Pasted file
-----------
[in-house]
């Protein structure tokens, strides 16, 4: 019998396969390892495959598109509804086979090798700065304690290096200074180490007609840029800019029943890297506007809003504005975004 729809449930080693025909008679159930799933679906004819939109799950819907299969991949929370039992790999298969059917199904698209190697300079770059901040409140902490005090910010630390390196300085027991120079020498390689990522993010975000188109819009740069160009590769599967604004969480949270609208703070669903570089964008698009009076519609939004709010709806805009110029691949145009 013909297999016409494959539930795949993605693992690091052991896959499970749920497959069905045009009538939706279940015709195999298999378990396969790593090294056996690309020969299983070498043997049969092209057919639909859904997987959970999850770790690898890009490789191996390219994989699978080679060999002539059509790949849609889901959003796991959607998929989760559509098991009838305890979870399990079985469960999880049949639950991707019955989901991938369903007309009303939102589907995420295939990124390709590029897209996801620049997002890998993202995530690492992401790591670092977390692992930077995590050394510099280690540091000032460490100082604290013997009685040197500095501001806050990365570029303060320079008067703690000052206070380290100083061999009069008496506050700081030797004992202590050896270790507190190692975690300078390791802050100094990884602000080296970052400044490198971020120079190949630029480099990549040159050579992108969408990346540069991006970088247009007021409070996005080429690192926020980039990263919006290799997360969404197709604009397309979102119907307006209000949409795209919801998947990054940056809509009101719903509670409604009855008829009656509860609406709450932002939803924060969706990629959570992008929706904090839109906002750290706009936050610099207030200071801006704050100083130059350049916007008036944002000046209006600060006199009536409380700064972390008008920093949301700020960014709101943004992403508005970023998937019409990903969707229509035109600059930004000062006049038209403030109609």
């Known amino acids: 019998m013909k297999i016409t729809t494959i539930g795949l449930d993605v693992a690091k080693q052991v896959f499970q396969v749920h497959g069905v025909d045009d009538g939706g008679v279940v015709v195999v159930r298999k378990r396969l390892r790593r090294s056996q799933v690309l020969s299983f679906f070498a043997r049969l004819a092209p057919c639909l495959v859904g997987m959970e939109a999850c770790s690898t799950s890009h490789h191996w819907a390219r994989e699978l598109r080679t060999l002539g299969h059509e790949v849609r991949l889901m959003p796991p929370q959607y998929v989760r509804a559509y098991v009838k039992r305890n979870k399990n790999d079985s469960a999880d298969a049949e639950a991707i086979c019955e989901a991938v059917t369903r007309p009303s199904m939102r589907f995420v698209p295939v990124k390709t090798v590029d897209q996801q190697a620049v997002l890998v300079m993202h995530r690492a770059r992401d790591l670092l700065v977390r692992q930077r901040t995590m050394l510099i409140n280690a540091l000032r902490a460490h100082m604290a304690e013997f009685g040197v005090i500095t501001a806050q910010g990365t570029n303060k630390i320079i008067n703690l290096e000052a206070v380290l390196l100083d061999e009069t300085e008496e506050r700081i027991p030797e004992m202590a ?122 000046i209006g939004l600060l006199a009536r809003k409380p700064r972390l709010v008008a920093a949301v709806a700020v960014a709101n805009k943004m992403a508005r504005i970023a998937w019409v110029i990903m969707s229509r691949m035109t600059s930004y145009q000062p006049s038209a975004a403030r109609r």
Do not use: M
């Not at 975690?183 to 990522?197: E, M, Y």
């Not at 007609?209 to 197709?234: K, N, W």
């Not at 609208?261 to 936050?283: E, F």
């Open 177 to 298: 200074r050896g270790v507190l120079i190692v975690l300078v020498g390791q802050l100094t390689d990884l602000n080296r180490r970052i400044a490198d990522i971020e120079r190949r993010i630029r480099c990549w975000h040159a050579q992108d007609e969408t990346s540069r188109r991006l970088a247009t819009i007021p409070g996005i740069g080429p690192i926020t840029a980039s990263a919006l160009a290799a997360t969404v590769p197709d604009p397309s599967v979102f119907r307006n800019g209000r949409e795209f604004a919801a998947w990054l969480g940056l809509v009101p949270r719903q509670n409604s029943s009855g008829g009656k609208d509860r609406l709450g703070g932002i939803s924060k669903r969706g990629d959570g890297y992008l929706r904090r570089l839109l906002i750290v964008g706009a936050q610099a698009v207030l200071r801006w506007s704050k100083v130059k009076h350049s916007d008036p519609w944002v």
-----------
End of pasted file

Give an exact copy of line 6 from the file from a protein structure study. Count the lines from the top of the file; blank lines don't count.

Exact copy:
């Not at 007609?209 to 197709?234: K, N, W």